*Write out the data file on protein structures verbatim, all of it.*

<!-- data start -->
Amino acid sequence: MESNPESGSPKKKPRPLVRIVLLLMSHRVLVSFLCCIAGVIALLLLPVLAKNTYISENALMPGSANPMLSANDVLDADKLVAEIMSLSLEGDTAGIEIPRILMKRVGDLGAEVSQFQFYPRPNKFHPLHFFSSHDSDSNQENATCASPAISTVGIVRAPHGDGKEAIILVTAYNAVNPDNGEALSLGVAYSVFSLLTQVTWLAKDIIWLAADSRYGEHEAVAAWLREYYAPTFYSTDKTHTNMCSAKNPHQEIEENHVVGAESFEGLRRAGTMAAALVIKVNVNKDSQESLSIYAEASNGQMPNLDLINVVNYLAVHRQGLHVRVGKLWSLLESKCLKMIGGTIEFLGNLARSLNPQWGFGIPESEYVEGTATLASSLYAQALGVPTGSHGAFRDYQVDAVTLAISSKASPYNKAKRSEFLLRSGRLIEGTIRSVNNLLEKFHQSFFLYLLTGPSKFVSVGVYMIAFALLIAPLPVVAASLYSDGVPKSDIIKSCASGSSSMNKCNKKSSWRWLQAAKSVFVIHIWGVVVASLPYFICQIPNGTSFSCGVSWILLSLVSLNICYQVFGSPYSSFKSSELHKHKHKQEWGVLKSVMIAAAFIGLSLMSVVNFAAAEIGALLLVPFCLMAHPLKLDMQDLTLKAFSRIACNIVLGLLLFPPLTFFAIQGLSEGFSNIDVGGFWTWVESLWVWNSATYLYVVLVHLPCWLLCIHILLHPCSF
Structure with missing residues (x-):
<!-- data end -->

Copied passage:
Amino acid sequence: MESNPESGSPKKKPRPLVRIVLLLMSHRVLVSFLCCIAGVIALLLLPVLAKNTYISENALMPGSANPMLSANDVLDADKLVAEIMSLSLEGDTAGIEIPRILMKRVGDLGAEVSQFQFYPRPNKFHPLHFFSSHDSDSNQENATCASPAISTVGIVRAPHGDGKEAIILVTAYNAVNPDNGEALSLGVAYSVFSLLTQVTWLAKDIIWLAADSRYGEHEAVAAWLREYYAPTFYSTDKTHTNMCSAKNPHQEIEENHVVGAESFEGLRRAGTMAAALVIKVNVNKDSQESLSIYAEASNGQMPNLDLINVVNYLAVHRQGLHVRVGKLWSLLESKCLKMIGGTIEFLGNLARSLNPQWGFGIPESEYVEGTATLASSLYAQALGVPTGSHGAFRDYQVDAVTLAISSKASPYNKAKRSEFLLRSGRLIEGTIRSVNNLLEKFHQSFFLYLLTGPSKFVSVGVYMIAFALLIAPLPVVAASLYSDGVPKSDIIKSCASGSSSMNKCNKKSSWRWLQAAKSVFVIHIWGVVVASLPYFICQIPNGTSFSCGVSWILLSLVSLNICYQVFGSPYSSFKSSELHKHKHKQEWGVLKSVMIAAAFIGLSLMSVVNFAAAEIGALLLVPFCLMAHPLKLDMQDLTLKAFSRIACNIVLGLLLFPPLTFFAIQGLSEGFSNIDVGGFWTWVESLWVWNSATYLYVVLVHLPCWLLCIHILLHPCSF
Structure with missing residues (x-):